Doing Feast & Famine Marketing the Right Way as a Financial Planner
Being too busy is a nice problem to have.
If your marketing works as well as it should, then you are likely to reach a point in your business where you no longer have the capacity to engage new clients. That’s a good thing.
In the current recruitment environment where Paraplanners are more scarce than one of Willy Wonka’s golden tickets, it’s no surprise that this capacity crunch can cause you to slam the brakes on your marketing efforts.
Last week I was speaking to a Financial Planner who faced this challenge.
With his back office team at capacity, and his business on track to achieve its financial goals for the year, he was keen to stop all marketing activity.
I’ve seen this before. It doesn’t usually end well. Here’s why.
Everybody here knows the story
Imagine a Financial Planner called Tom. He’s a one-person band, working hard to grow his client list and assets under advice.
Tom has a strategic marketing plan and carries out some different marketing activities.
After six months of following his marketing plan, and investing a decent chunk of his time each week on high-impact client prospecting activities, Tom experiences a sudden influx of new clients.
To provide a high-level of service to these new clients, and of course, to his existing clients, Tom calls a halt to all marketing activity. He gets his head down to focus on engaging with the new clients, constructing their Financial Plans and making them feel happy about their decision to work with him.
A few months later, Tom looks up from his desk, with the work to onboard the flurry of new clients happily completed. It’s time to start marketing again.
So Tom picks up from where he left off. But rather than immediately receiving new client enquiries from those same prospecting activities, there’s an ominous pause.
With his marketing momentum lost, Tom has to endure three more months of prospecting activity before another small flurry of new client enquiries appears.
Once again, Tom slams the brakes on his marketing and diverts all of his attention to servicing his new (and existing clients).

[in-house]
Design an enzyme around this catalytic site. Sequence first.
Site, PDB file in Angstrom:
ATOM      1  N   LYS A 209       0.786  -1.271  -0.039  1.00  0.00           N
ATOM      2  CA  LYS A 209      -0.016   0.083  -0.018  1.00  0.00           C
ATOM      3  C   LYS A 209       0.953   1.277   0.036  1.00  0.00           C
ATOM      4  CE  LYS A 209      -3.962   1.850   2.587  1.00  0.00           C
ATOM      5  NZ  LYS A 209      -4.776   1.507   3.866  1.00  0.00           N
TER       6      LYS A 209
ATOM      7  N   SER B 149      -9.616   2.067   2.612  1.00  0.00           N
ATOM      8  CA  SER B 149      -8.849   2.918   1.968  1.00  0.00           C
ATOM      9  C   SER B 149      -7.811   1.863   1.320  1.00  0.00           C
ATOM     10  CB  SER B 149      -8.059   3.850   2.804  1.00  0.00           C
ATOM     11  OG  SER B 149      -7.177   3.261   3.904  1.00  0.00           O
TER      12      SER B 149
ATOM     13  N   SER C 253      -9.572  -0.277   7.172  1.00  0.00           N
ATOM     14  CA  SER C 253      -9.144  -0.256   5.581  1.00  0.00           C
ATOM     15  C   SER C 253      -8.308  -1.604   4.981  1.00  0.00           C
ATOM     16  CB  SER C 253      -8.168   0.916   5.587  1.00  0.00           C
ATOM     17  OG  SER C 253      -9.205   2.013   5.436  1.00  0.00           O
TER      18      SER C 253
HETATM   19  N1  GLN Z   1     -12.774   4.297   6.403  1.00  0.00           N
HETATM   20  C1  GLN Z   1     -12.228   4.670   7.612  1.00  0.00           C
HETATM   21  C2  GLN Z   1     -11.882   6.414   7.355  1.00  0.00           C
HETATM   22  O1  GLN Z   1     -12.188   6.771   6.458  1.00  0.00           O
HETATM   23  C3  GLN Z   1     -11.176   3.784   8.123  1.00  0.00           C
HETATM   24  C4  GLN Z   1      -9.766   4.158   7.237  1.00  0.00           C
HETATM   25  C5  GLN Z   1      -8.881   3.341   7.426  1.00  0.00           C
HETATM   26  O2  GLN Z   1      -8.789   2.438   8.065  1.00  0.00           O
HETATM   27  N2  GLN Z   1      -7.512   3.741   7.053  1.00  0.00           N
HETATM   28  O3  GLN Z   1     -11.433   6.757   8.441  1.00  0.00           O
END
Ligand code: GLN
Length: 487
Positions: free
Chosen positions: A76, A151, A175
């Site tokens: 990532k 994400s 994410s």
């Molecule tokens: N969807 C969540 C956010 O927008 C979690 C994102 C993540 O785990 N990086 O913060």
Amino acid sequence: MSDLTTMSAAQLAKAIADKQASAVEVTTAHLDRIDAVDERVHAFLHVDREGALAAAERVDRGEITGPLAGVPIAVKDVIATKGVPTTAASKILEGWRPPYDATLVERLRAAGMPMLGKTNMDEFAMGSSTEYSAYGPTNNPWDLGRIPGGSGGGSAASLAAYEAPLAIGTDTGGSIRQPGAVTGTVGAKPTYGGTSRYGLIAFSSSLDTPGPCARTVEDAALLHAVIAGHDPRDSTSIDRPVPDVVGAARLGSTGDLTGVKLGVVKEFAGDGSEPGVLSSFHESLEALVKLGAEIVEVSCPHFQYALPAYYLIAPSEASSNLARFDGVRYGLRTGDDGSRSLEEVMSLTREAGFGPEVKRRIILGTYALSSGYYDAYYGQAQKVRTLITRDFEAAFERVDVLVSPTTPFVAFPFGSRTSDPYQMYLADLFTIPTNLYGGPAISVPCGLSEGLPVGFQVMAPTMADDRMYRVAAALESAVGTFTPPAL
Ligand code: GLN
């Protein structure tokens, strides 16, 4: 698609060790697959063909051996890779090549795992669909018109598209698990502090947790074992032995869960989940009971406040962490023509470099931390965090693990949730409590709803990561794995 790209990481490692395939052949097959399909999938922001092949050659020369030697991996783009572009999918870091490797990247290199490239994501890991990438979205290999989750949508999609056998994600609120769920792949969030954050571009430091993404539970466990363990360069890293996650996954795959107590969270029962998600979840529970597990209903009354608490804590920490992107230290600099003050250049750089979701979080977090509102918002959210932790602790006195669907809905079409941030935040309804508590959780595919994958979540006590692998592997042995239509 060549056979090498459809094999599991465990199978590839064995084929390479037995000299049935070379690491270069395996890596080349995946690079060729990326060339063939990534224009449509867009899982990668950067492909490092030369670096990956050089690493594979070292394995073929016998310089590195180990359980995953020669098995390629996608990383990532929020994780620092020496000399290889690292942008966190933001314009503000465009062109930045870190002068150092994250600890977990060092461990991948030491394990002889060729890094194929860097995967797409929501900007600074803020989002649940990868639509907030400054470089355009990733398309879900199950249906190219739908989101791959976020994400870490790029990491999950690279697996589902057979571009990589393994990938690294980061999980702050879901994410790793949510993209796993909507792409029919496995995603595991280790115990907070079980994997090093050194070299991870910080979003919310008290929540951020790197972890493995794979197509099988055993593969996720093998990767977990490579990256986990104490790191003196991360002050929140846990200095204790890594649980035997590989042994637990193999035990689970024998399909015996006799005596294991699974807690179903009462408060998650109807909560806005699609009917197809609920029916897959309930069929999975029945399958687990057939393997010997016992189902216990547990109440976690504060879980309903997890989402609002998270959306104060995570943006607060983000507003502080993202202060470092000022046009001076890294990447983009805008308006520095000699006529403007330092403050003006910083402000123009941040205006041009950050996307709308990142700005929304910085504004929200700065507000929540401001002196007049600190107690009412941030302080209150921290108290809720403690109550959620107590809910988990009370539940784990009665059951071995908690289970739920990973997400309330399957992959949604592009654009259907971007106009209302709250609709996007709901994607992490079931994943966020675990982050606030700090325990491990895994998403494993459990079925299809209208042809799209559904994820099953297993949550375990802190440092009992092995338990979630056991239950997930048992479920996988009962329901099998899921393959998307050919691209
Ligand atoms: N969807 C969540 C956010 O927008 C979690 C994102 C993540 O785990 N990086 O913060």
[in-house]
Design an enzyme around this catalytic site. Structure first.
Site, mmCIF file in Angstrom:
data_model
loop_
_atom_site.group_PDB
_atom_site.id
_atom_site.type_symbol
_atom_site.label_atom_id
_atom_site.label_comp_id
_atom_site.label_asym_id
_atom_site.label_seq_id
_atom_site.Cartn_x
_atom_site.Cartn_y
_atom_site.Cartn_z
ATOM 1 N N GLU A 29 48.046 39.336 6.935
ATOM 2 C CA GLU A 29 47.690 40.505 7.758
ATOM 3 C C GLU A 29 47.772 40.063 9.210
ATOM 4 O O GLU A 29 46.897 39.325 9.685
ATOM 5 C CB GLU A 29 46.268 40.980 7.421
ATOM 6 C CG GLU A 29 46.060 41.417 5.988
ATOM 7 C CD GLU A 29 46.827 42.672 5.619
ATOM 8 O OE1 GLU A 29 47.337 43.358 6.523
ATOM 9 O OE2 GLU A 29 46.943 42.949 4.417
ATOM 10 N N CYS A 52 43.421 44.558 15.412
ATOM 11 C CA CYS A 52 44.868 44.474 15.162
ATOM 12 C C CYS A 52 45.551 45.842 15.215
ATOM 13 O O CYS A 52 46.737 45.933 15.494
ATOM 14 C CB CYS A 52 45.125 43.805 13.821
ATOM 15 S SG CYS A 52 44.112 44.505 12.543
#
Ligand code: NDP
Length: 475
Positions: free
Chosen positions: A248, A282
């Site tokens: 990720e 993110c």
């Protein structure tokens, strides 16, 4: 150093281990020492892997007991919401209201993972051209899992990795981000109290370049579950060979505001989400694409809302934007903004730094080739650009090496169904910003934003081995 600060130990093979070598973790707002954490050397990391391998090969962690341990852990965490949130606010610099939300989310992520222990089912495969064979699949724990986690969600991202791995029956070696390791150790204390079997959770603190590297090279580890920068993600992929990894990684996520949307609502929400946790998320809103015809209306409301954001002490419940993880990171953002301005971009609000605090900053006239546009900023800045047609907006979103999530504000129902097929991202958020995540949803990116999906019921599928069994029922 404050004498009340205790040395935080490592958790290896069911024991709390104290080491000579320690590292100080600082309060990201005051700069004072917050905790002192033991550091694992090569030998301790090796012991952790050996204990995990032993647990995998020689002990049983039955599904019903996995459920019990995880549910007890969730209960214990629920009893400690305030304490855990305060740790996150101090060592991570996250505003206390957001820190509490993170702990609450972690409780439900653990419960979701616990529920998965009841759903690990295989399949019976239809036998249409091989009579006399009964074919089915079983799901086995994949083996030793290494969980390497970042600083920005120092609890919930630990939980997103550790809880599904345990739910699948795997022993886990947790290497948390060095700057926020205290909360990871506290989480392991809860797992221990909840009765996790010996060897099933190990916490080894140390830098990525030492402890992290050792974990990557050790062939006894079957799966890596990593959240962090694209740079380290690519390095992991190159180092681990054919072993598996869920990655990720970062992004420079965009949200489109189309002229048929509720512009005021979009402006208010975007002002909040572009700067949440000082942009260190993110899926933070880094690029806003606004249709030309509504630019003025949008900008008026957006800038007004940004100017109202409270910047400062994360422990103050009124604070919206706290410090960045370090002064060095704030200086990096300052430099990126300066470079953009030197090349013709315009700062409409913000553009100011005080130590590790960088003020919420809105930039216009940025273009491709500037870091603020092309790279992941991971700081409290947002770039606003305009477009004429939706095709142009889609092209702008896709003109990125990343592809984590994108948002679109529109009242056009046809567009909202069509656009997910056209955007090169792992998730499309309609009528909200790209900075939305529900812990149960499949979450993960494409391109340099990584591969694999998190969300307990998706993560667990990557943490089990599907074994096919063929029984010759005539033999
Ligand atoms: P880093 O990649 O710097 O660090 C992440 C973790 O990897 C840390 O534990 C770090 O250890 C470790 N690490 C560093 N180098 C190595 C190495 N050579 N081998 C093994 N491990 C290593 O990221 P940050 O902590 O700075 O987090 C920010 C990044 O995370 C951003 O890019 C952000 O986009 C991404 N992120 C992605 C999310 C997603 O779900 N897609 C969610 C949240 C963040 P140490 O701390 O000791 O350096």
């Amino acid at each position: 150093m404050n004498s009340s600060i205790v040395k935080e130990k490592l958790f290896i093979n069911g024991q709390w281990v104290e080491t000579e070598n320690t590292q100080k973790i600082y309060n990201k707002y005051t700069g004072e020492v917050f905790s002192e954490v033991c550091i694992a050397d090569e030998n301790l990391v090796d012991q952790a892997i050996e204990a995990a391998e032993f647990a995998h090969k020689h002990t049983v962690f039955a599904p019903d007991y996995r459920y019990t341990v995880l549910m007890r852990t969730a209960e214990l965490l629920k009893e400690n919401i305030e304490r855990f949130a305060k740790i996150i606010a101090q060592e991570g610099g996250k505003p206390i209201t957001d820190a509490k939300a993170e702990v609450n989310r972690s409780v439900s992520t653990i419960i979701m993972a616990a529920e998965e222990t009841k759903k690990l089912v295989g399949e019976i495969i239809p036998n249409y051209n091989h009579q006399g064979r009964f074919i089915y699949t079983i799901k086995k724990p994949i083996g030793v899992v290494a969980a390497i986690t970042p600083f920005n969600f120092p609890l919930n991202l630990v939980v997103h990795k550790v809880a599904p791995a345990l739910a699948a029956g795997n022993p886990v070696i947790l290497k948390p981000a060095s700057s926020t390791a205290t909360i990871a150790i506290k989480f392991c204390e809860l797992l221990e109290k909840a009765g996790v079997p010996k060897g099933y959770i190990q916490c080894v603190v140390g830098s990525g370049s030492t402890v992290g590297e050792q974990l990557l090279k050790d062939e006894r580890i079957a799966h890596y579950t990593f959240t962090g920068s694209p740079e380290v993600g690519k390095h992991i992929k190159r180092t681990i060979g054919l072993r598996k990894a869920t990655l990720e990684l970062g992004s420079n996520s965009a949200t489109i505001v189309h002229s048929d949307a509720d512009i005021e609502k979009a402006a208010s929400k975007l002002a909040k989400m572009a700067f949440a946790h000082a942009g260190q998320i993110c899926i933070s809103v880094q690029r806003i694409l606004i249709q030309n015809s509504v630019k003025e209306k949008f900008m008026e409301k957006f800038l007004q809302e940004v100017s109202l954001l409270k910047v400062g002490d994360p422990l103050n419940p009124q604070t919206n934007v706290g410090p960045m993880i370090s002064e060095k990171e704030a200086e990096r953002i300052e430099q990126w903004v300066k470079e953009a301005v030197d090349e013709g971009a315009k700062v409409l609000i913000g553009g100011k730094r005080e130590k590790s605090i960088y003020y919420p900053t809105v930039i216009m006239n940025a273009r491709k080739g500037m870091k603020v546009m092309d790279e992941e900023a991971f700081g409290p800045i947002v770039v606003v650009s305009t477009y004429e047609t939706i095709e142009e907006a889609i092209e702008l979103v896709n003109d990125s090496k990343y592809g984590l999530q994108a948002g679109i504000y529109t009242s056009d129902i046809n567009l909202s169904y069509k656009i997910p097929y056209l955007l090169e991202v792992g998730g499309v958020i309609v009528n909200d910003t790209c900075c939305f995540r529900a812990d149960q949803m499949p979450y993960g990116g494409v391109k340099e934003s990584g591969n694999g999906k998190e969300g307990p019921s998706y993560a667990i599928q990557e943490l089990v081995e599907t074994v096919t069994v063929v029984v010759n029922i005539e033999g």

He repeats this cycle, and again, and again.
Tom has mastered the art of feast and famine marketing.
And all the chatter and the smiles
Mary is a self-employed Financial Planner working just down the road from Tom.
Like Tom, Mary is working hard to engage with new clients and build her business from scratch.
She’s got a similar approach to marketing and, after several months of hard work, a flurry of new client enquiries comes through the door.
Unlike Tom, Mary keeps her marketing engine ticking over as she allocates more of her time to engage with the new clients.
She doesn’t take her foot off the marketing gas entirely during this time. Instead, she reduces her marketing activity to a base level for a few months, freeing up the time she needs to work with her merry band of new clients.
For Mary, this means allocating about 20% of her time to marketing throughout, but not starting any standalone marketing projects when she’s busy with client work.
She still does the basics; publishing a fresh blog post each week on her website, tweeting once or twice a day, and sending our her weekly email newsletter to new clients.
She decides not to attend that networking lunch on Thursday or say yes to the opportunity to sponsor a classical music recital next month.
The decision to continue allocating 20% of her time to base level marketing activity means Mary doesn’t experience the same feast and famine marketing cycle seen by Tom.
When she has a little more capacity, after working with her new clients, Mary picks up the pace again, and the results are experienced much faster, with only a short wait before the next new clients arrive on the scene.
For the benefit of Tom and Mary
Here’s what we can learn from Tom and Mary; it’s essential to keep your marketing machine moving, even when you reach capacity and need to focus on client activity.
Falling into the trap of feast and famine marketing is common for Financial Planners, in our experience.
Marketing is one of those activities they can cut right out when things get busy.
Instead, by continuing to allocate a consistent amount of time each week to marketing-related activities, and by performing a basic level of marketing at all times, it becomes easier to pick up from where you left off.
Rather than starting again from a stationary position, you maintain your marketing momentum and quickly regain your client generating success.